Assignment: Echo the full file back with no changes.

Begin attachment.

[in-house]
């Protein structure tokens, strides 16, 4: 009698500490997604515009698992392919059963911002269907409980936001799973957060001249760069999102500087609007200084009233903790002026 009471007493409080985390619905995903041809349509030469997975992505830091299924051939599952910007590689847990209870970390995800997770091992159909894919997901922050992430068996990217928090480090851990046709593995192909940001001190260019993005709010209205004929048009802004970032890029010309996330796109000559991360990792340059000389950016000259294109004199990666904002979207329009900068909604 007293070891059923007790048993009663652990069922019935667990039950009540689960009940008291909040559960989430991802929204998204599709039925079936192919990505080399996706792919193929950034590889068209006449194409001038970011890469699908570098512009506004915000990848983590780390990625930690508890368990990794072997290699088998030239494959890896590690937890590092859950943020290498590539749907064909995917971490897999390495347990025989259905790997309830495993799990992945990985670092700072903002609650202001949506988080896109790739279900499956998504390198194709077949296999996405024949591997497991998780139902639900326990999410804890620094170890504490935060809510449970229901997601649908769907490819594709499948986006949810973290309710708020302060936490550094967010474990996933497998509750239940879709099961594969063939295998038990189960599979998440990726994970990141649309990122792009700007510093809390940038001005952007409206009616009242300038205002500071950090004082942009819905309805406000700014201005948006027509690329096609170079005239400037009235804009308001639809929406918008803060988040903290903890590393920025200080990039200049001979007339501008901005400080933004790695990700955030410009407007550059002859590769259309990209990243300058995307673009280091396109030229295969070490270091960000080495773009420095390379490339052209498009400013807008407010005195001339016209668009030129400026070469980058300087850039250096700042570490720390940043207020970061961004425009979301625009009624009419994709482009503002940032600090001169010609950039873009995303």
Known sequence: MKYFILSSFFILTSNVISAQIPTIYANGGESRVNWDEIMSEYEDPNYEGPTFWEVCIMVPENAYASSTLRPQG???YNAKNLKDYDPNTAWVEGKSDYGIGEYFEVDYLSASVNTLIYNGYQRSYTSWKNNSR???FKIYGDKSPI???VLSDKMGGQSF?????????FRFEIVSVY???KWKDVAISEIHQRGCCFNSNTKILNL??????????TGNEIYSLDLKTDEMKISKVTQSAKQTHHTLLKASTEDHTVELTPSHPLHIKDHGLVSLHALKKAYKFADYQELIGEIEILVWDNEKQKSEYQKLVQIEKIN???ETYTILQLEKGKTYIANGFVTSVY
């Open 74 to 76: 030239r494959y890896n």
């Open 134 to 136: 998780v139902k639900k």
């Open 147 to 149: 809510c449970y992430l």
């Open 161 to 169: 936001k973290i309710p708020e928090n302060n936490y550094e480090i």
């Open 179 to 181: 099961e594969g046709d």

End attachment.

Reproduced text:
[in-house]
């Protein structure tokens, strides 16, 4: 009698500490997604515009698992392919059963911002269907409980936001799973957060001249760069999102500087609007200084009233903790002026 009471007493409080985390619905995903041809349509030469997975992505830091299924051939599952910007590689847990209870970390995800997770091992159909894919997901922050992430068996990217928090480090851990046709593995192909940001001190260019993005709010209205004929048009802004970032890029010309996330796109000559991360990792340059000389950016000259294109004199990666904002979207329009900068909604 007293070891059923007790048993009663652990069922019935667990039950009540689960009940008291909040559960989430991802929204998204599709039925079936192919990505080399996706792919193929950034590889068209006449194409001038970011890469699908570098512009506004915000990848983590780390990625930690508890368990990794072997290699088998030239494959890896590690937890590092859950943020290498590539749907064909995917971490897999390495347990025989259905790997309830495993799990992945990985670092700072903002609650202001949506988080896109790739279900499956998504390198194709077949296999996405024949591997497991998780139902639900326990999410804890620094170890504490935060809510449970229901997601649908769907490819594709499948986006949810973290309710708020302060936490550094967010474990996933497998509750239940879709099961594969063939295998038990189960599979998440990726994970990141649309990122792009700007510093809390940038001005952007409206009616009242300038205002500071950090004082942009819905309805406000700014201005948006027509690329096609170079005239400037009235804009308001639809929406918008803060988040903290903890590393920025200080990039200049001979007339501008901005400080933004790695990700955030410009407007550059002859590769259309990209990243300058995307673009280091396109030229295969070490270091960000080495773009420095390379490339052209498009400013807008407010005195001339016209668009030129400026070469980058300087850039250096700042570490720390940043207020970061961004425009979301625009009624009419994709482009503002940032600090001169010609950039873009995303």
Known sequence: MKYFILSSFFILTSNVISAQIPTIYANGGESRVNWDEIMSEYEDPNYEGPTFWEVCIMVPENAYASSTLRPQG???YNAKNLKDYDPNTAWVEGKSDYGIGEYFEVDYLSASVNTLIYNGYQRSYTSWKNNSR???FKIYGDKSPI???VLSDKMGGQSF?????????FRFEIVSVY???KWKDVAISEIHQRGCCFNSNTKILNL??????????TGNEIYSLDLKTDEMKISKVTQSAKQTHHTLLKASTEDHTVELTPSHPLHIKDHGLVSLHALKKAYKFADYQELIGEIEILVWDNEKQKSEYQKLVQIEKIN???ETYTILQLEKGKTYIANGFVTSVY
């Open 74 to 76: 030239r494959y890896n």
């Open 134 to 136: 998780v139902k639900k």
């Open 147 to 149: 809510c449970y992430l």
């Open 161 to 169: 936001k973290i309710p708020e928090n302060n936490y550094e480090i």
């Open 179 to 181: 099961e594969g046709d």